Jeff Schapiro's analysis of the week's Virginia political news.
National attention on Richmond courtroom in first legal test of Virginia's challenge to federal health care legislation.
Farrar: Jeff Schapiro joins us now from the Richmond Times Dispatch for his regular Friday morning analysis of Virginia political news. Good morning, Jeff.
Schapiro: Good morning, Wayne.
Farrar: As we were just hearing on the national newscast, a courtroom in Richmond was the focus of national attention yesterday as Virginia's challenge of the federal health-care reform law is the first to meet a legal test.
Schapiro: Yes, Attorney General Ken Cuccinelli has his first of perhaps many days in federal court, as NPR has been reporting, and certainly as the Virginia press has been reporting. Ken Cuccinelli is challenging what Republicans deride as Obama-care, attacking it as an overreach, as a power grab and just beyond the pale, the idea that the federal government could somehow compel people to buy health insurance, is anathema to Republican Cuccinelli, and his lawyers telling Federal Judge Henry Hudson that there is nothing in the Constitution that compels individuals to provide for themselves and their families health insurance; and the federal government countering that states simply can't pick and choose the laws they choose to follow.
Judge Hudson is going to have a decision on "standing" and that is one of those high-falutin' legal words that is all about whether Cuccinelli has the ability, the power, the actual prerogative to sue. Hudson will have a decision within 30 days, but there's a very good chance, regardless of what happens, that this matter is going to be going to the United States Supreme Court.
And I might add, that if you're a politician like Ken Cuccinelli, with perhaps ambitions beyond the Attorney Generalship, presumably one wins even by losing; taking on the Obama administration is one way to keep Republicans and Republican-leaning independents fully engaged.
Farrar: New laws took effect on July 1st, and uh, well, it was all about guns, speed and booze, if you believe the headlines.
Schapiro: Yes, particularly on guns, the idea that Virginians can now carry weapons, concealed weapons, into bars; of course, one suspects they probably have been doing so for years and presumably, or perhaps drinking without incident, and of course, this law goes on the books at the same time that the United States Supreme Court rules in a big Second Amendment case out of Chicago, saying that
there is nothing in state or local law that can impair an American's right to bear arms.
Farrar: And of course, the speed limit will be going up on certain stretches of highway, which is of interest to a lot of motorists.
Schapiro: Yes, for the lead-footed set, though there aren't too many stretches of highway that are going to be covered by this; initially, it'll be a strip of asphalt from Richmond south to Petersburg.
Farrar: Mmm-hmm. The legislative report card is out, kind of an inside-politics thing, but it's of importance to many Virginia lawmakers.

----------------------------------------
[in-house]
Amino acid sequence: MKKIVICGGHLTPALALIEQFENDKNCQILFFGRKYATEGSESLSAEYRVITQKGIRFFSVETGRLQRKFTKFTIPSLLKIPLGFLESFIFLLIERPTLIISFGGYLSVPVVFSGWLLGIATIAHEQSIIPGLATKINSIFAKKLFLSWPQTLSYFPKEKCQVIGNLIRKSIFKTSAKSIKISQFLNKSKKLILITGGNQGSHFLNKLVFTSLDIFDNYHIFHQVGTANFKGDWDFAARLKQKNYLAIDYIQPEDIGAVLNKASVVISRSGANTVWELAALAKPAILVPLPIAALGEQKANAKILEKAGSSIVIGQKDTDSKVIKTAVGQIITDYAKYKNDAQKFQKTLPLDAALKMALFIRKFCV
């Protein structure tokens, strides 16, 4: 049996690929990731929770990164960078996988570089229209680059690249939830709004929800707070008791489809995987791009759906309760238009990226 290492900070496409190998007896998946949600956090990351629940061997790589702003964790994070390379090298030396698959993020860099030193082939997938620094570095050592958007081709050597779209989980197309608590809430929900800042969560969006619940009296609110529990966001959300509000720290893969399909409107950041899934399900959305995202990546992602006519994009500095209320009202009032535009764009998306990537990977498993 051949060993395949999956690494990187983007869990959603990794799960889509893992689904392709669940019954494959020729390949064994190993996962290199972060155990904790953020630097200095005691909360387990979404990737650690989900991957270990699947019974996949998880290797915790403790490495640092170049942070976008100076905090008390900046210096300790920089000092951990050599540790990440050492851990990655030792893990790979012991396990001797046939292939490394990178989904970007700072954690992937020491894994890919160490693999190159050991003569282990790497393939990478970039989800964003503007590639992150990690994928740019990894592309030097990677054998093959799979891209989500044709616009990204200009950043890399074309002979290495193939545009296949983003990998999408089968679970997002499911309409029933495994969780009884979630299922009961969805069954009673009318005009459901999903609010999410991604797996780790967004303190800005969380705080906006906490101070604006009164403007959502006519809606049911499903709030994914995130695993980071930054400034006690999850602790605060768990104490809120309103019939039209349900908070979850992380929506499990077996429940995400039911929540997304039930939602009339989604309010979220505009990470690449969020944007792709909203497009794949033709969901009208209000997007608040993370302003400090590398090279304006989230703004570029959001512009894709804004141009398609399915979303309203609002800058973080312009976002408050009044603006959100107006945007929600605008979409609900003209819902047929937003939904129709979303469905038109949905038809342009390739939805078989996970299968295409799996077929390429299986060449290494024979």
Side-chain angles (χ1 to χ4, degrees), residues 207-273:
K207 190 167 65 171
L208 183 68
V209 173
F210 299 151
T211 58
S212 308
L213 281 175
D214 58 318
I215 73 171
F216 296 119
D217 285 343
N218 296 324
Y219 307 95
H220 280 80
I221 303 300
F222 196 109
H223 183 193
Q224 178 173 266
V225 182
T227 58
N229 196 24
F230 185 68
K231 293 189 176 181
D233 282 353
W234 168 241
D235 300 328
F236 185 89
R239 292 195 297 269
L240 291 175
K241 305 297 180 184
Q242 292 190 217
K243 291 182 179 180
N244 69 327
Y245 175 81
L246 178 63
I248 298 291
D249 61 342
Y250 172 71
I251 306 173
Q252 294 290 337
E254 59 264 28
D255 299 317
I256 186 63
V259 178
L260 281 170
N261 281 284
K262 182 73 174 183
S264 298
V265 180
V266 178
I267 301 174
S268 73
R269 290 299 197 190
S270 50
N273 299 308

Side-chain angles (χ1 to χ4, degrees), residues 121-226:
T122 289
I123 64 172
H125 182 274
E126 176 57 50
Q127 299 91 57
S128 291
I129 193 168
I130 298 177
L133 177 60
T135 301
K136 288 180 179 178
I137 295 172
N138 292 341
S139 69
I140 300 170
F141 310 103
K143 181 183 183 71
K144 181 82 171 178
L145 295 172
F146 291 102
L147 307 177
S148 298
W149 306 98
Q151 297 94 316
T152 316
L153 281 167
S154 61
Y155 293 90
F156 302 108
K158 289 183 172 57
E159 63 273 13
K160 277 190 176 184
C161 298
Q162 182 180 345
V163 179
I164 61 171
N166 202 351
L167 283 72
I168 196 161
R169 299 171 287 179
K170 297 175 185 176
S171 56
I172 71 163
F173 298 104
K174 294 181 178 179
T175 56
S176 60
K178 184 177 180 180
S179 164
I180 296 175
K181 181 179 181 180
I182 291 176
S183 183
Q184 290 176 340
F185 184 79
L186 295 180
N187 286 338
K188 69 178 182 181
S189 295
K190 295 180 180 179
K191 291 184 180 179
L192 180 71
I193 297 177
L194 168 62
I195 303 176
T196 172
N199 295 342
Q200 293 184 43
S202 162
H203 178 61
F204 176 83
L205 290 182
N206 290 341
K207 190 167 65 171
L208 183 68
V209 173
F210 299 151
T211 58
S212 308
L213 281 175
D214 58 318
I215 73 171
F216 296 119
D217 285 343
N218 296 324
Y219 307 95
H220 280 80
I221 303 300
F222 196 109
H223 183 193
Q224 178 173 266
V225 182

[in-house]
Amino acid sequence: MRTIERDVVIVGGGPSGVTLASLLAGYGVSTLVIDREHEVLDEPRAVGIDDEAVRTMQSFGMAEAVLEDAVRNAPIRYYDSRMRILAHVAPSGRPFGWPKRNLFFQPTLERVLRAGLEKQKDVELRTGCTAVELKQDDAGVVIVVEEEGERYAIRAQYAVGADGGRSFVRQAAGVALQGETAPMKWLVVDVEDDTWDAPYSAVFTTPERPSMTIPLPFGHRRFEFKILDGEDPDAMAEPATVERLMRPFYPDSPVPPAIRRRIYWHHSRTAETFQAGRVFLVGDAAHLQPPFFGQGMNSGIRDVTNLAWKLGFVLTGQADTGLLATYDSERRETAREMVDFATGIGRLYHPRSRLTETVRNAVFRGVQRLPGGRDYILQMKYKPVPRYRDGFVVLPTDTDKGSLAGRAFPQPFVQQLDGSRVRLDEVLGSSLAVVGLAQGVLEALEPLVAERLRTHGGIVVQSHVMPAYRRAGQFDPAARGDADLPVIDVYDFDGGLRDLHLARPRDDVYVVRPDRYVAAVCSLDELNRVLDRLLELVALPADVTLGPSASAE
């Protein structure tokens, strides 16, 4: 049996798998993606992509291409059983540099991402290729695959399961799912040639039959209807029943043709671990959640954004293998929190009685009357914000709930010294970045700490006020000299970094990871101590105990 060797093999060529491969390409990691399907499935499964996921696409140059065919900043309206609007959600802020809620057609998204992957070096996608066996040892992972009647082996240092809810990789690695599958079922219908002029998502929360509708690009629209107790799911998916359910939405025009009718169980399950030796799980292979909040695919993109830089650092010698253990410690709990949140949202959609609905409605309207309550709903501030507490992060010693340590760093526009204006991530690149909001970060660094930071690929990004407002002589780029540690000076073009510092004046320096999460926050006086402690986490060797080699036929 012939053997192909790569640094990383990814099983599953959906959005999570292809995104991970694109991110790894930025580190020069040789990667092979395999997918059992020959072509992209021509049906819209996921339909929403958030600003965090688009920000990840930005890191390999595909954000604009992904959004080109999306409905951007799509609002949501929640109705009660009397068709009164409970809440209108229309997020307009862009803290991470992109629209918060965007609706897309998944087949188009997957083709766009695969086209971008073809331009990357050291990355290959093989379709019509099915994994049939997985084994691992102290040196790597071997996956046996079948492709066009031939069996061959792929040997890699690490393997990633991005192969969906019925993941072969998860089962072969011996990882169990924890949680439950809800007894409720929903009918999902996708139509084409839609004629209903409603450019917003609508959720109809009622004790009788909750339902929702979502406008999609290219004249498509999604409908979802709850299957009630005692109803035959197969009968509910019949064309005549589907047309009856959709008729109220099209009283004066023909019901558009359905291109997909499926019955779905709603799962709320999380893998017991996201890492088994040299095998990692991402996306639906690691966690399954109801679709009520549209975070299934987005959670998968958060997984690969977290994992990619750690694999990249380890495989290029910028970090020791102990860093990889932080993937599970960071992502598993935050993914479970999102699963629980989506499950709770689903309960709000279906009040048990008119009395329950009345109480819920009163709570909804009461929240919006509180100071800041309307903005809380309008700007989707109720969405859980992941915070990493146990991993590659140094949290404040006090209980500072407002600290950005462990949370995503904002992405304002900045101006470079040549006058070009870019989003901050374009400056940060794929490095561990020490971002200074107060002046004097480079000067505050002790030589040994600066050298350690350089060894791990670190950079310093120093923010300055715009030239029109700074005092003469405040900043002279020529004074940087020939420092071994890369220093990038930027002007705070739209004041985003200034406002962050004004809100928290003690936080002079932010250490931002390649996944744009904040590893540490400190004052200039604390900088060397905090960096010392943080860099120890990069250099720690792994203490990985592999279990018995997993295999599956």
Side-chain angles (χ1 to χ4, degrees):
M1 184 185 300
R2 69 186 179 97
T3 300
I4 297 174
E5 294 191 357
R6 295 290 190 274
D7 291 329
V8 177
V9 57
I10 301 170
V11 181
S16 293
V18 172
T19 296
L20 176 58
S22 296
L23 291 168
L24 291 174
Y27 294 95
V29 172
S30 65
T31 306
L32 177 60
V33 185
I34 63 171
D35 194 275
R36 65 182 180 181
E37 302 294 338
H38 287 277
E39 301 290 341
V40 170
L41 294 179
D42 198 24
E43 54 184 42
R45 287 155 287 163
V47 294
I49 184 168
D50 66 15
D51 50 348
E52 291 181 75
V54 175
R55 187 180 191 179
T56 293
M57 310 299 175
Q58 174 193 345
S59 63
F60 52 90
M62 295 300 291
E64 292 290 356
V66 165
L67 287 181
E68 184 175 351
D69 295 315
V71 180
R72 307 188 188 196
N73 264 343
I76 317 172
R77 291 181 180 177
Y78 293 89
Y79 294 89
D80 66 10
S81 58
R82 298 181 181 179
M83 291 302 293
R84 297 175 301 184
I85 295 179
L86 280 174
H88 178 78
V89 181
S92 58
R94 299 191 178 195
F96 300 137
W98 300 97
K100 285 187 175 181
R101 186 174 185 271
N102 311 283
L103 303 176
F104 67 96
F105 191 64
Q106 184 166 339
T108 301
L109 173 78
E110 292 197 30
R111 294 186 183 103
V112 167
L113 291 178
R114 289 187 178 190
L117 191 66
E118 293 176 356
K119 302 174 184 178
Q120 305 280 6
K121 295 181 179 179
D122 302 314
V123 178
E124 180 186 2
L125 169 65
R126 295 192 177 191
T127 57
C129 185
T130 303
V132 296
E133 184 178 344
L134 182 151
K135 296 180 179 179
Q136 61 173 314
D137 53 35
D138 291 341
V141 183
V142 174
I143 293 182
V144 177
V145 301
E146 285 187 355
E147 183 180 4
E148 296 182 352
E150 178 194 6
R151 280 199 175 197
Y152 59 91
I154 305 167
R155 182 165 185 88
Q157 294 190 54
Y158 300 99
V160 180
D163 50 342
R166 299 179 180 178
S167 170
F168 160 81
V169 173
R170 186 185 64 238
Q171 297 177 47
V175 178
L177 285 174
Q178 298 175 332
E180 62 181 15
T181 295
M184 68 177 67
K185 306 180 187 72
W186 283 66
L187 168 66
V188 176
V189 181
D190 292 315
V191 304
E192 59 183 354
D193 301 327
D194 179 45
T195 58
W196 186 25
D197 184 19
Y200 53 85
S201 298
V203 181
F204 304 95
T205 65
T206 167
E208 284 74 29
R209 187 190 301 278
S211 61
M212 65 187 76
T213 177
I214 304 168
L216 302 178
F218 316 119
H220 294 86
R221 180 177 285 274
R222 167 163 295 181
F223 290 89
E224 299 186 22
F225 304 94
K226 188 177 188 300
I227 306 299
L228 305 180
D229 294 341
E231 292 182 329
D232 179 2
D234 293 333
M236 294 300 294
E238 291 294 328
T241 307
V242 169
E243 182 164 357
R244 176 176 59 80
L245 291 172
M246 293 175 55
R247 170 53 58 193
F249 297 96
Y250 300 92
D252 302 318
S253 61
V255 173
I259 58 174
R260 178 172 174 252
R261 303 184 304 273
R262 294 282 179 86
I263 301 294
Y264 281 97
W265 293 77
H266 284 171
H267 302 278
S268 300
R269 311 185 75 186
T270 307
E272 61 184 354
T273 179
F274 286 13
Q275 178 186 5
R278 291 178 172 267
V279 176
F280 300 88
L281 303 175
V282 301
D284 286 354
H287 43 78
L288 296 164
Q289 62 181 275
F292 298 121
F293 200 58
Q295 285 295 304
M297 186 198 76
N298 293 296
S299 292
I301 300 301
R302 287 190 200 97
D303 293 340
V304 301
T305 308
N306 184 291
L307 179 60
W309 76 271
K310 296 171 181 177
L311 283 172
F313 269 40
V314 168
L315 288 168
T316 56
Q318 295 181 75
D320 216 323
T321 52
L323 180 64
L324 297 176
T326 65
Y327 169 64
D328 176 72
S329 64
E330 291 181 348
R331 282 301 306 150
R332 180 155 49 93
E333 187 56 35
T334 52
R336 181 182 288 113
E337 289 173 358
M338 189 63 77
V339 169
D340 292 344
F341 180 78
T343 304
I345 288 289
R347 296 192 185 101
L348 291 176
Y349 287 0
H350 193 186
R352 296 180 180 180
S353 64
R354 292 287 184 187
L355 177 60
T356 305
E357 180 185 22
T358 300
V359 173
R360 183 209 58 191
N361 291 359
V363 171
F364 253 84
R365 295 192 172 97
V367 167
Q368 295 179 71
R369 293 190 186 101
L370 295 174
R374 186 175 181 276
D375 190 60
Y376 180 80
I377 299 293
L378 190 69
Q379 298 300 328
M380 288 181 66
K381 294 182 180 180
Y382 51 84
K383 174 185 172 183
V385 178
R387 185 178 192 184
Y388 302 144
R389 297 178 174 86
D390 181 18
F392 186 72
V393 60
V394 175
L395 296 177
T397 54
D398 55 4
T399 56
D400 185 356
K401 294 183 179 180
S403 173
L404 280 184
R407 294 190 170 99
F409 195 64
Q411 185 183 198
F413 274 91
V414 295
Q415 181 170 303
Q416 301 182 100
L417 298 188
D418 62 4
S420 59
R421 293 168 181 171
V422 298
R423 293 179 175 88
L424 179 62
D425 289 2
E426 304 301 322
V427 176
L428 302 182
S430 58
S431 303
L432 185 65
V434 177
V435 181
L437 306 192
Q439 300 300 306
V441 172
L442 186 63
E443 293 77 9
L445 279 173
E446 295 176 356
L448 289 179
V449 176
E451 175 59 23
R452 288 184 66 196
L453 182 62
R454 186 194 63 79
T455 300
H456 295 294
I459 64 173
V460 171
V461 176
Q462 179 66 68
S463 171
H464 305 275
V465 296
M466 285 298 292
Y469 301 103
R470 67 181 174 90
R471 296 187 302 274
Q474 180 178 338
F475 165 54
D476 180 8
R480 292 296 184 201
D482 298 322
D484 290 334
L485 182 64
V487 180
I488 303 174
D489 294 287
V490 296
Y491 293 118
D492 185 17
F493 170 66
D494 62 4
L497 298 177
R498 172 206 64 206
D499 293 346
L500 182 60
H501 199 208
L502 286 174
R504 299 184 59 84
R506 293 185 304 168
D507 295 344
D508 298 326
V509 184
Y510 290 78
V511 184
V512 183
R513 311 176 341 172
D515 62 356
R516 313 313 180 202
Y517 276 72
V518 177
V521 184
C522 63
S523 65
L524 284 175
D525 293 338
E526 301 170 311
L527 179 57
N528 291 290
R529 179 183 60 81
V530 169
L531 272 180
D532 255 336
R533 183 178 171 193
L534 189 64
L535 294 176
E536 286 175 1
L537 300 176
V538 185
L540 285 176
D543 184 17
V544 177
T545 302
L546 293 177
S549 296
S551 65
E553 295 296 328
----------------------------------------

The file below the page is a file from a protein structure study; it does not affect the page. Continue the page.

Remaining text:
Schapiro: Yes, two this week, one by the League of Conservation Voters, the other by Virginia Free, the former group an environmental organization, the latter a business group; not surprisingly, the Democrats do better in the League of Conservation Voters' report card, Republicans in the Virgina Free report card.
This is all about fundraising, don't be, uh, don't be fooled. This is an opportunity for Democrats and Republicans to go back to their bases, their big supporters and say 'See? I'm in your corner,' and that will translate to grass roots support, presumably, maybe some technical support come campaign time, but particularly when it comes to Virginia Free and its business members' big checks, potentially from big business.
Farrar: One of the most contentious elections in Virginia and even nationally this year is likely to be the 5th district Congressional contest, and the ads are already appearing.
Schapiro: Well, "ad," more to the point, Democrat Tom Periello, the incumbent in that Southside anchor district, on the air first, facing a big challenge when Robert Hurt, the state Senator from Pittsylvania County, the other population center in the heavily-rural 5th; of course, Periello well-financed but also facing a tough campaign. Periello won the closest Congressional election in the country in '08, largely on Barack Obama's coattails; Periello defeated Virgil Goode, a seemingly indomitable Republican.
Farrar: Richmond State Senator Don McEachin seems to be posing himself for another state-wide run.
Schapiro: Perhaps, McEachin has announced the formation of a new political action committee; of course, he was clobbered for Attorney General in '01, but some folks are wondering if this PAC is a sign that he may be running state-wide again.
Farrar: Governor McDonnell announced some appointments, a couple of interest, and we have just about forty seconds to go.
Schapiro: One, a special interest, Sheila Johnson, the black businesswoman, co-founder of the Black Entertainment Television network, who backed Kaine, backed McDonnell, she's heading to the UVA Board; perhaps this is all part of kissing and making up. You'll remember that Sheila Johnson expressed considerable embarrassment over Governor McDonnell's Confederate History Month proclamation.
Farrar: Alright, well, happy Fourth of July to you and we'll talk to you next Friday morning here on Morning Edition at our usual time spot here.
Schapiro: Have a red, white and blue one!
Farrar: Okay. Thanks, Jeff. Jeff Schapiro of the Richmond Times Dispatch.